People Places & Things: One Messy But Awesome Addicted Seagull.
“I am a seagull,” she cries, but no, that’s not quite right. Denise Gough, the Olivier award winning actress, on the other hand, is getting it all perfectly right in the phenomenal People, Places & Things. It’s a whirlwind performance that is currently taking complete control of center stage at St. Ann’s Warehouse in this National Theatre transfer. It is Gough’s character, the actress going by the name of Emma, that can’t quite get the lines out as written as she takes the stage as Nina in the first few minutes of Duncan MacMillan’s (1984) thrilling and jolting new play. Once the fourth wall comes crashing down, all the Ninas and Emmas come out to play with a brutal and aggressive force. During the wild ride that is Act One, this modern day story of addiction and denial rises itself far above the average 28-day story of rehab and redemption. In many ways, the story feels typical. The standard idea of a rehab story revolving around an addict coming to terms with the addiction that most definitely resides inside her. But in no way is this production, directed by Jeremy Herrin (RSC’s Wolf Hall) standard in the slightest. It flies high, above any expectations that could exist, and then excells beyond even that.
Even when we don’t consciously realize it, every word and moment has intense meaning in Emma’s life and great importance in the overall arc of this fascinating tale. During that desperate last ditch phone call made in the rehab’s admitting room, we first think that conversation is just a comic scenario draped in dark humor and blunt intensity without much future weight. But we couldn’t be further from the truth. All things come back, like a nasty flashback determined to haunt the user over and over again.
Gough’s performance is brilliant, intense, and frightening, wrapped in pain, fear, and arrogance. It’s a masterful performance expanding our experience of her and her addiction with layers and conflicts that are sometimes difficult to take in. Gough’s character is trouble. Plain and simple. She sucker punches us at every moment she can, with her story, her name, her persona, and her desire to overcome, but somehow she also manages to pull us into her terrified soul and we want to fight her for her survival. We want to grab hold of her and slap some sense into her, breath life into her, hug her, hold her tight until she accepts our love and her pain. Her body is engulfed by her addiction, evident in the most obvious moments of being wildly out of control, but also in the more intimate moment when she takes a long needed drag of a cigarette. Addiction is about controlling the uncontrollable and for the most part, she is not going to accept that. Her intelligence wrapped in a personal need for denial will not allow the powerlessness to find a home, That giving up is what is needed to overcome, and in Emma, there is no giving up..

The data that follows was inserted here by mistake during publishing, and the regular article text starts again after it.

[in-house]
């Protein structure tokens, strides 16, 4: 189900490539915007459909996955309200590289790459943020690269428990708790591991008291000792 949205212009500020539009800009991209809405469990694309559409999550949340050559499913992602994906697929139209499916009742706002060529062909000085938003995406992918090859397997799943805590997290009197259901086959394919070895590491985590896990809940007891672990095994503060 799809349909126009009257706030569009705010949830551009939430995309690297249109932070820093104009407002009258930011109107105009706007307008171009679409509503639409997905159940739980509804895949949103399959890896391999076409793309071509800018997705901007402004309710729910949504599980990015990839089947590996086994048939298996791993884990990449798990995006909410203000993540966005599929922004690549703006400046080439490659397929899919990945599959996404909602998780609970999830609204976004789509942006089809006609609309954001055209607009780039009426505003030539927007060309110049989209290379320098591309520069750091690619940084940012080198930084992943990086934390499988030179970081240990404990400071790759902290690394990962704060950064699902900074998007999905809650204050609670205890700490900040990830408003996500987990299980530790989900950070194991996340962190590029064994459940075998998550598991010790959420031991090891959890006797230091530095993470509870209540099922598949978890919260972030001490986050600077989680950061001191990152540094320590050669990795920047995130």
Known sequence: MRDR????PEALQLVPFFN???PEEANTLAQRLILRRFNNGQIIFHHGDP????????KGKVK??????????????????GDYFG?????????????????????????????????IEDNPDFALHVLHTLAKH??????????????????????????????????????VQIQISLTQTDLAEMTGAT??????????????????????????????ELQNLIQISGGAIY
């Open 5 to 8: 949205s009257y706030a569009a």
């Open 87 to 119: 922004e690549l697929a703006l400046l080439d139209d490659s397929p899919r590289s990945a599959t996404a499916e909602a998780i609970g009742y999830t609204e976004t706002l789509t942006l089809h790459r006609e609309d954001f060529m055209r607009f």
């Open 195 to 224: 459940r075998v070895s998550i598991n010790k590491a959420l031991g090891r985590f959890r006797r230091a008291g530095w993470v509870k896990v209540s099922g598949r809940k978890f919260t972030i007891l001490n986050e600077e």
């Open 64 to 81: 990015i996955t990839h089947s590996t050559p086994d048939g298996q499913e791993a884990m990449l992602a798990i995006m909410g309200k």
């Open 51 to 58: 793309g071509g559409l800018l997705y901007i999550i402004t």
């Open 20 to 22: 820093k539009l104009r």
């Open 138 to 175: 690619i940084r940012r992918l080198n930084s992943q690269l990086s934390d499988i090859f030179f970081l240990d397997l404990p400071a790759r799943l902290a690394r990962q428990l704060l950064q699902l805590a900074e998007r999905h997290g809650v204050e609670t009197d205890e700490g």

During the first hyperkinetic withdrawal (incredible movement design by Polly Bennett), the walls actually crawl with a magical, almost violent merging of sound and light. They play with each other most effectively in a pounding, disturbing, and shocking trip by the master designers: set: Bunny Christie; costumes: Christina Cunningham; lighting: James Farncombe; music: Matthew Herbert; sound: Tom Gibbons; video/projection: Andrzej Goulding. This lone wolf never before has had to depend on the kindness of strangers, but within these white walls, with these other people, in this place, and attempting to use this thing called rehab and recovery, her descent is wondrously brutal and magnificent. The rest of the company, as various doctors, therapist, and fellow rehab residents, take on this wild cat. They run with her, battle her, dismiss her, and try, foolhardily to tame her. Standouts in this tight group of solid professionals are the multi-role playing caregiver and care take-awayer, Barbara Marten (National’s War and Peace) who is thick with understanding and empathy two-thirds of the time, until that last character and scene. Also fantastic are the fellow rehab patients, Mark, played by the ever so talented Nathaniel Martello-White (RSC’s Marat/Sade), and fellow wild one, Paul, perfectly realized by Kevin McMonagle (National’s Junkyard).
The thing we don’t realize about MacMillan’s play is that every word said hangs in the theatrical space in just the same way our childhood, our old room, and all it’s history and contents literally hangs over our head. Especially during all those moments of Emma hiding and exposing. Only at the end, do we realize the intense meaning and heaviness of this and every second of this smack down of a play. Gough is transfixing, and to miss her in this would be a crime. Unlike the good therapist, I don’t want to never see her again; in fact I’m dying to see her on stage as soon as possible. As any person, in any place, doing about almost any thing. Luckily, my own theatrical addiction is strong and all encompassing. We all will get another chance to see this gifted actress on stage as Harper in the National Theatre’s Broadway transfer of the incredible Angels in America. And for that, I am powerless to ignore.